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An Interview with T M Becker upon receiving an offer of representation.


T M Becker (arabella on QT) has signed with agent Craig Tenney of Harold Ober Associates, Inc..

Can you tell us a little bit about the book for which you’ve found representation? What inspired you to write it?
I got the idea for Full Moon Rising after reading Beauty, by Robin McKinley, while I was pregnant with our fourth child. Sometimes I get mad pregnancy insomnia, and I spent more than one sleepless night quilting together the plot. In Beauty, the title character has quite a hang up with her looks, and there are no mirrors in the beast's castle to tell her otherwise. I wondered what would happen to a character if she, instead of just perceiving herself to be unattractive, actually saw an ugly reflection in the mirror. Of course, Arabella is the last one to figure this out, and her perception of herself affects her relationships with all the other characters in the book. Throw in an oppressive king, some forbidden books,a petulant, spoiled younger brother, and a date with the gallows, and I had the makings of a pretty good story.
How long have you been writing?
I started Full Moon Rising when I was pregnant with our second son, and he just turned nine in ten years.
How long have you been working on this book?
I finished the first really rough and lengthy draft in 2009. Since then, I have cut, cut, and cut some more while I edited and rewrote extensively. I don't think a single sentence avoided the scalpel, except the very last one.
Was there ever a time you felt like giving up, and what helped you to stay on course?
I did. There were several times when I felt like throwing the thing in the trash, especially after agent rejection after rejection. But I'm stubborn, and on this third and final round of querying, and I decided I was going to query or bust. In other words, I was going to exhaust my list before quitting. Back in 2010, my husband signed me up for a writer's group, and with their help, as well as feedback I received from the ABNA, I realized what I needed to do to make it better.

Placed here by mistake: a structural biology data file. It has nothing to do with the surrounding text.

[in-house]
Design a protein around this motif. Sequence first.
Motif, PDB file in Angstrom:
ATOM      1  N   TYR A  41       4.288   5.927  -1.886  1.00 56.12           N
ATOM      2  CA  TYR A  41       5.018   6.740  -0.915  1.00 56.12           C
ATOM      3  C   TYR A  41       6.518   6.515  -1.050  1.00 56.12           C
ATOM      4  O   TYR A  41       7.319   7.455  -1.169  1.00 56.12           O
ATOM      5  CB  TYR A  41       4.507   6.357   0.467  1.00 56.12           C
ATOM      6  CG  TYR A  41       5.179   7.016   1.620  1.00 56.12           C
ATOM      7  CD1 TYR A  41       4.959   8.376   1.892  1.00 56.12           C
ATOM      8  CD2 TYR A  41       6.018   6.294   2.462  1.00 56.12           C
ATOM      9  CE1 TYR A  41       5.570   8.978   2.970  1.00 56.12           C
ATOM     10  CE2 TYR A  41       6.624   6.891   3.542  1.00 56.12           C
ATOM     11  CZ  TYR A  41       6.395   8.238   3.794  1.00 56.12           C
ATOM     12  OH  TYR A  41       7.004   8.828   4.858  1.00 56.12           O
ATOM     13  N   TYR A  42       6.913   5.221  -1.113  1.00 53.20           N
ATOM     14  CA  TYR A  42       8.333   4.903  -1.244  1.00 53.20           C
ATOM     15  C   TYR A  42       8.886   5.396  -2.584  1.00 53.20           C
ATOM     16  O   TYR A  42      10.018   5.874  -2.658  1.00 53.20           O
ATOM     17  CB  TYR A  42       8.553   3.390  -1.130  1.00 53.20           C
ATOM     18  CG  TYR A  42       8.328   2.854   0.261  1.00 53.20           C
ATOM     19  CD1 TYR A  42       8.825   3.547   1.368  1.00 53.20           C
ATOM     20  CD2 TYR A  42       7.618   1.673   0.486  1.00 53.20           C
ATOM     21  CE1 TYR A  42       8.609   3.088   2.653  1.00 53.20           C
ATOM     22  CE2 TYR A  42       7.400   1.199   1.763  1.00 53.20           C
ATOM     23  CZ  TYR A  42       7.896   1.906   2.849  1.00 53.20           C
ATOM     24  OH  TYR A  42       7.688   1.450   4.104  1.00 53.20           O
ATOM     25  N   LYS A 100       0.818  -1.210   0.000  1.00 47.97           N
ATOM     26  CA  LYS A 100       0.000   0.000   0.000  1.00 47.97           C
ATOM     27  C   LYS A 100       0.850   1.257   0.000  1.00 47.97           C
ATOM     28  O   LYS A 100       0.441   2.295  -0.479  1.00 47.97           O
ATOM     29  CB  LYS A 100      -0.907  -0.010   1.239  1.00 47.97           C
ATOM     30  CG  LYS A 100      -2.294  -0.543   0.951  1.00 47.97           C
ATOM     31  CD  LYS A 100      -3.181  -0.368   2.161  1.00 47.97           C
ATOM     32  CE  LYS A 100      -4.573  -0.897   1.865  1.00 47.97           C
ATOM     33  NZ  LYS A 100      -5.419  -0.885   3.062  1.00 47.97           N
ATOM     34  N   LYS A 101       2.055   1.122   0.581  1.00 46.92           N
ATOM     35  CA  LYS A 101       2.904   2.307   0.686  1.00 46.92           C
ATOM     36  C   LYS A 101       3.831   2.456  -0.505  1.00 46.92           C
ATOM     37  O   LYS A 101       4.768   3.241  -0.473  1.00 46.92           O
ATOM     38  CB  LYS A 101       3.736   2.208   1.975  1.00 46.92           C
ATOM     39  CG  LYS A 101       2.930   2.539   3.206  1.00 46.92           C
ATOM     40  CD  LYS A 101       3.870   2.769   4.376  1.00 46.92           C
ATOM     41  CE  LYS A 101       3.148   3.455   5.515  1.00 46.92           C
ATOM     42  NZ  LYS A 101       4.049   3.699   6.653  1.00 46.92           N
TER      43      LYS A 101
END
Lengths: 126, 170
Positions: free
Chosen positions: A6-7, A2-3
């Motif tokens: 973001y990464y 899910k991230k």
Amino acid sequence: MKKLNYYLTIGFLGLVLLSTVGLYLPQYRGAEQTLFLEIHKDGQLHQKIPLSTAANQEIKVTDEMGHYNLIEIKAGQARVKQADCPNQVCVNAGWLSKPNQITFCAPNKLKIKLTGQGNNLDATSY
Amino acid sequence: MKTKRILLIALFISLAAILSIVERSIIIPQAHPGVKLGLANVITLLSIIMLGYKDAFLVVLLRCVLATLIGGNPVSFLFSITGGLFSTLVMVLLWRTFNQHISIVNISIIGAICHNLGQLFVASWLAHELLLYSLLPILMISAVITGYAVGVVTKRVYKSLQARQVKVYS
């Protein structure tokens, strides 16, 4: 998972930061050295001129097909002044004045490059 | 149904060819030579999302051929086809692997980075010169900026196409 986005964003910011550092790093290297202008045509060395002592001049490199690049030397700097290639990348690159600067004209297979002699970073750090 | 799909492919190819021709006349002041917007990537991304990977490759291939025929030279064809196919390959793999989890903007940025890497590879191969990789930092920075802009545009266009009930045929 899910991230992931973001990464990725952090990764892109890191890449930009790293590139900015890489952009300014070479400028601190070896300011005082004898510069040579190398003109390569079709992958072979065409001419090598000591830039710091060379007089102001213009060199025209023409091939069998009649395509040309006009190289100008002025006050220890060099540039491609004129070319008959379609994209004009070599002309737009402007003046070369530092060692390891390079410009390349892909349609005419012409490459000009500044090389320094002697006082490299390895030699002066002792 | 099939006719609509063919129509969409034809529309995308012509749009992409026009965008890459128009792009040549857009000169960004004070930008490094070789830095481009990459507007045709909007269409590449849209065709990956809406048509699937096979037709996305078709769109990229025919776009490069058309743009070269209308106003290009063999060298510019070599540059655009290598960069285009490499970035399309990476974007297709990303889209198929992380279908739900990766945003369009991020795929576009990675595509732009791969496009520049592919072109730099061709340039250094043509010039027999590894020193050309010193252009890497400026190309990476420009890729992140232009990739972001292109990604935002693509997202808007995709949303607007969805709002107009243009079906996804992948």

Is this your first book?
It is, though I have finished a sequel/companion book which Craig is also representing.
Do you have any formal writing training?
No. But I have lots of practice, which is better than training. I encourage everyone to edit other writer's work extensively, because that will make you a better self-editor.
Do you follow a writing "routine" or schedule?
I grab moments whenever I can find them. Most Tuesdays I can squeeze in forty minutes during my daughter's guitar lesson, and now that I have an agent actively seeking representation, I try to write for an hour each afternoon. It doesn't always happen, however.
How many times did you re-write/edit your book?
I rewrote the beginning several times at the advice of a friend and an agent, and I made continual tweaks while I submitted to my writer's group. I received an R & R request in 2012, and I cut an entire subplot and rewrote parts of the story to make it stand better on its own. But I have made minimal changes since then.
Did you have beta readers for your book?
Yes. But not all of them were helpful. I rely mostly on my writer's group now. I'm a better writer now as well, and I found I needed to make considerably less changes to my second book.
Did you outline your book, or do you write from the hip?
I quilt. I come up with scenes, and then I quilt them together into a narrative. I'm about half done (I think) my third book now, and Craig asked me for a synopsis. It turned out to be a very good exercise for me. It helped me order and organize my ideas, kind of like a long form outline. But I don't think I can do that before I've put extensive thought into the plot.
How long have you been querying for this book? Other books?